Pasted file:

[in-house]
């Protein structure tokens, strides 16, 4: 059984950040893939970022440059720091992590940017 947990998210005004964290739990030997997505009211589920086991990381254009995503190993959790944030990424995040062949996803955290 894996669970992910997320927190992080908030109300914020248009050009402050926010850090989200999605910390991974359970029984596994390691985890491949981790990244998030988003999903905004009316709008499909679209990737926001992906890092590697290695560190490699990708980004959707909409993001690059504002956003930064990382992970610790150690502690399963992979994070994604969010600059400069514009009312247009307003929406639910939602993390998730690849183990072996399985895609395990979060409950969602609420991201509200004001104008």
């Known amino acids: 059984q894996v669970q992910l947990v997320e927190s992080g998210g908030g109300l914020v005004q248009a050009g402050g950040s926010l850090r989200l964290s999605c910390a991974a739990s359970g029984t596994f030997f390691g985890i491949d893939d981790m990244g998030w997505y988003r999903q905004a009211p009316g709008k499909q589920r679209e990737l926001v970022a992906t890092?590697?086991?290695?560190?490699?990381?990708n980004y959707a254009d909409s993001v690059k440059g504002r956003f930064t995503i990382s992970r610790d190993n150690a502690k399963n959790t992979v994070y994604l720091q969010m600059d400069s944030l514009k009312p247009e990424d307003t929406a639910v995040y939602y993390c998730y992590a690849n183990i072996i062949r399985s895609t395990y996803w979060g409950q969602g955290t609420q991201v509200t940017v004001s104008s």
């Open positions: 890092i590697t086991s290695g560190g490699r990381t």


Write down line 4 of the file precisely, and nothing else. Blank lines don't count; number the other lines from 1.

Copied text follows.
């Open positions: 890092i590697t086991s290695g560190g490699r990381t």